UW News

July 27, 2016

Middle schoolers build underwater robot in science summer camp

UW News

Alexander Riley works on the ROV during summer camp.

Alexander Riley works on the ROV during summer camp.University of Washington

Middle school students tried their hands at designing and building underwater robots this week during a National Oceanic and Atmospheric Administration science summer camp in Seattle.

The remotely-operated vehicle (ROV) project was designed by UW undergraduate student Hannah McConnaughey, who has built ROVs competitively since she was in middle school.

“Hands-on science is great because it’s something students are excited about and can interact with personally, and it has real world applications,” she said.

Underwater robots increasingly are used in a number of marine industry and research applications, such as studying undersea volcanoes or installing sensors on the sea floor. Cables connect an ROV to a vessel at the surface, allowing the robot to be remotely navigated by someone onboard the ship.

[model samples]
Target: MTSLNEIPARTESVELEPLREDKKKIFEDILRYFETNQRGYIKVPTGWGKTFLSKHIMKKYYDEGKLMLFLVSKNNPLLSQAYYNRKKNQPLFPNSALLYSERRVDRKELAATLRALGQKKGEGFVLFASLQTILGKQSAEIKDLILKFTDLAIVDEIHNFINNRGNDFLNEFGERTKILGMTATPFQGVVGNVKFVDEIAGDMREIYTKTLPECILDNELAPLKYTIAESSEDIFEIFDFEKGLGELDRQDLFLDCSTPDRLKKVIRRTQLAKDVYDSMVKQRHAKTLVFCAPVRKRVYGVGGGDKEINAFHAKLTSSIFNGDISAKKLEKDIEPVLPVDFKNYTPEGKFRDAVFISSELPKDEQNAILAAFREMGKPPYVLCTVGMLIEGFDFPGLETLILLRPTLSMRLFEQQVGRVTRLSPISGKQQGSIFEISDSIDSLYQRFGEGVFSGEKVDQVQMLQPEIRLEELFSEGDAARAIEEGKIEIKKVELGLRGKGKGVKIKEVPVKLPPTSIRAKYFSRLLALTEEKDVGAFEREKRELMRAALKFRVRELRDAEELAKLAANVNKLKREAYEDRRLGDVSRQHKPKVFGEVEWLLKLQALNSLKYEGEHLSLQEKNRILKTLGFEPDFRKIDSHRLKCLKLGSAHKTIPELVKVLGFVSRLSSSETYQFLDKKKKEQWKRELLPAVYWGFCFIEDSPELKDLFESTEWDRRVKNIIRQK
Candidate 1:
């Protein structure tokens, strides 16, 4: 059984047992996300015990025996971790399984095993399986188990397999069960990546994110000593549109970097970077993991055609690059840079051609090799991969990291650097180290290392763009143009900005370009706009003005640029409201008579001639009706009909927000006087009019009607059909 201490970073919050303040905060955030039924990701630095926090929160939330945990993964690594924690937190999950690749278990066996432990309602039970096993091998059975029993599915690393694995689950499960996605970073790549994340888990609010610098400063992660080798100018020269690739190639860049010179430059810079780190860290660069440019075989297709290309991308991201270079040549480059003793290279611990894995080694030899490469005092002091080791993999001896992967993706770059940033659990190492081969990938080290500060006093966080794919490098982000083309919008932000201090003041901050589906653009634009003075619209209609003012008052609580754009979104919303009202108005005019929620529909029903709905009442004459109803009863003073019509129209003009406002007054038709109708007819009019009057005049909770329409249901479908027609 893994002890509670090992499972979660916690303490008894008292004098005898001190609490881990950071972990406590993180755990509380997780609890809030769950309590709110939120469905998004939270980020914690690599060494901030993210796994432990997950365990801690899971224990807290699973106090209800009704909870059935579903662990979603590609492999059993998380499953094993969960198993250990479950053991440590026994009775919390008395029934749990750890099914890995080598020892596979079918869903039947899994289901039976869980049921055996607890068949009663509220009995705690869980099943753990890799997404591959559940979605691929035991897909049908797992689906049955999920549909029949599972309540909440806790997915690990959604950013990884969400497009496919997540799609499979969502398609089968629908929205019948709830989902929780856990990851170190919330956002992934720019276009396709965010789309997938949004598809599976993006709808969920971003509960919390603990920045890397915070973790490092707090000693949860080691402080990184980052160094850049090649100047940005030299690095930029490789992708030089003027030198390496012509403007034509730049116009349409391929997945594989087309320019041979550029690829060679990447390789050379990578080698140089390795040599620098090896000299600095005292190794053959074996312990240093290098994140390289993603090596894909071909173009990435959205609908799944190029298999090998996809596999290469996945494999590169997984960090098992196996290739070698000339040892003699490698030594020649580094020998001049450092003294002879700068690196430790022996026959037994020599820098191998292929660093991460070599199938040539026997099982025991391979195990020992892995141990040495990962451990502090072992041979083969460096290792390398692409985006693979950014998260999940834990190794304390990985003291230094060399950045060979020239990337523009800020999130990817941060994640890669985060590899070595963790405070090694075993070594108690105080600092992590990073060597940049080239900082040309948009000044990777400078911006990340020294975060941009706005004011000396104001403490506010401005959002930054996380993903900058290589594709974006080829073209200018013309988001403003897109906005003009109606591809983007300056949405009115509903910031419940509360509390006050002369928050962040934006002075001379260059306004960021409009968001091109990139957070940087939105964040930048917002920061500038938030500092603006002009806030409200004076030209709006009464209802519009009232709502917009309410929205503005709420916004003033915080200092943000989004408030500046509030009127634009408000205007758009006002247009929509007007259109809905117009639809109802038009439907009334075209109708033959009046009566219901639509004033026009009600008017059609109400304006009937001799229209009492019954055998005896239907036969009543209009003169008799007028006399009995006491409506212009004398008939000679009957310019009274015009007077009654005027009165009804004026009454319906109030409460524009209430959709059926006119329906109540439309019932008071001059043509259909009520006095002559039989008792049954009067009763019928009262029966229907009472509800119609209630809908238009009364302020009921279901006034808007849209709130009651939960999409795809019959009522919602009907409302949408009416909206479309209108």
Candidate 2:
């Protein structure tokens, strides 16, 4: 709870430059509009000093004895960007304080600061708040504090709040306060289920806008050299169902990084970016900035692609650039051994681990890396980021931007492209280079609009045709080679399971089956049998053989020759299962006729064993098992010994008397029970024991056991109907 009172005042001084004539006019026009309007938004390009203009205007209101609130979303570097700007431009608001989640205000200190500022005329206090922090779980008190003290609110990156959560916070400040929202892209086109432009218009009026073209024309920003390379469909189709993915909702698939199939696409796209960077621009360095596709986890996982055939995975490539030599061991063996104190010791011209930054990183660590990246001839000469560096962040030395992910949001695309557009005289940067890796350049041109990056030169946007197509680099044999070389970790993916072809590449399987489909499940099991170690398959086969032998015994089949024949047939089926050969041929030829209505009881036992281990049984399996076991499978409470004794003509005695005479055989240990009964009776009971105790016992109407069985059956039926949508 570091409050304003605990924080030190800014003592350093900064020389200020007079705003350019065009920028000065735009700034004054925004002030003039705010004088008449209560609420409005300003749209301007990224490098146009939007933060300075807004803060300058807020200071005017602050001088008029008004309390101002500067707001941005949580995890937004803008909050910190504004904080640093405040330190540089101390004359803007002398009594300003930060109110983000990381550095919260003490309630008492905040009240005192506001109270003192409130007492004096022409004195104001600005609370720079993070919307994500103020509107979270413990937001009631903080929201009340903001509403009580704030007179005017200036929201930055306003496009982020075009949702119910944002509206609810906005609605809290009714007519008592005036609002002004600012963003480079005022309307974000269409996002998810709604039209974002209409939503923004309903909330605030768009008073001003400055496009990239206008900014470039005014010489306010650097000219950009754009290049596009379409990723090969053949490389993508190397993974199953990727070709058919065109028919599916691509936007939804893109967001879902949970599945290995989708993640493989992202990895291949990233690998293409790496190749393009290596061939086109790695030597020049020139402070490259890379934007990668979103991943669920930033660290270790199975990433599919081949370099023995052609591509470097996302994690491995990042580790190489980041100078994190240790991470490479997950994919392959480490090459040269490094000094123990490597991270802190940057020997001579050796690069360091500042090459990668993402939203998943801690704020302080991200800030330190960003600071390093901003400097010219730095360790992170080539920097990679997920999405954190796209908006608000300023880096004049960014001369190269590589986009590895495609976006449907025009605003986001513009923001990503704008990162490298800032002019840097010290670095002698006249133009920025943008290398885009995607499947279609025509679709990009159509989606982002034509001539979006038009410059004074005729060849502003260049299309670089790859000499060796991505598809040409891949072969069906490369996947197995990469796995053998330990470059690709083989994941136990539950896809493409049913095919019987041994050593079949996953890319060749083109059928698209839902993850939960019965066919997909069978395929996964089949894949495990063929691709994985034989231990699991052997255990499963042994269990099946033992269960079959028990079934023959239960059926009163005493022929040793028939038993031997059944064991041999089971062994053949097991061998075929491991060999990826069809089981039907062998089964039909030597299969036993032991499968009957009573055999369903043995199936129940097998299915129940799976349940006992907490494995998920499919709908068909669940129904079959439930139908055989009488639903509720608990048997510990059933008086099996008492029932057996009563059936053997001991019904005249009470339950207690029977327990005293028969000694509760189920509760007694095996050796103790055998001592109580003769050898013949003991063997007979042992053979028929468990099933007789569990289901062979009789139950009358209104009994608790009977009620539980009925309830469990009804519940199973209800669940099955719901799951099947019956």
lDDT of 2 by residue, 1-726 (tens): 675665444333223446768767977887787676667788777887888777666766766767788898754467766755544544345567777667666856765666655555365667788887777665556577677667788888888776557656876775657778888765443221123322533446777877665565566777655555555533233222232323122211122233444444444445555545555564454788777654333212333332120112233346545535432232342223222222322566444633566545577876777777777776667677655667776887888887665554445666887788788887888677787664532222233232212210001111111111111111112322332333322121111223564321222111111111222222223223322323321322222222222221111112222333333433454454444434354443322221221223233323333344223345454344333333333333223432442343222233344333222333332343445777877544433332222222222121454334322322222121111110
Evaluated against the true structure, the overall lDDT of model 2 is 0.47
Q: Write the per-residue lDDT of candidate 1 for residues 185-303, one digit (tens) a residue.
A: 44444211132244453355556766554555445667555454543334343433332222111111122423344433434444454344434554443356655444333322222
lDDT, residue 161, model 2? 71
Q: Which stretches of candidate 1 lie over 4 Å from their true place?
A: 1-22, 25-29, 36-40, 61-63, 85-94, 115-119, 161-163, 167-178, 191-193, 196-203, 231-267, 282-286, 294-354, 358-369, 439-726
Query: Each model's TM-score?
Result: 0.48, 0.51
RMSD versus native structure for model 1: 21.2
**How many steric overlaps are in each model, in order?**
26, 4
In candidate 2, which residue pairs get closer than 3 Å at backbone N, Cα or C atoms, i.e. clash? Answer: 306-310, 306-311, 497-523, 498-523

UW undergraduate student Hannah McConnaughey works with students during camp.

The UW’s Hannah McConnaughey instructs¬†students during camp.University of Washington

At summer camp, 19 middle school students from the Puget Sound region built a miniature ROV capable of simple tasks. They learned how to solder, wire switches, create a control panel and hook up a motor.

They also learned concepts of buoyancy, thrust and electricity. For many of the students, this was their first experience with underwater robot technology, McConnaughey said.

McConnaughey co-founded the student group Atlantis STEAM, an offshoot of her high school robotics team from Whidbey Island. The group focuses on hands-on science education and encouraging gender equality in STEM fields.

The ROV workshop at the middle school camp was a joint project by UW-based Washington Sea Grant, NOAA and Atlantis STEAM.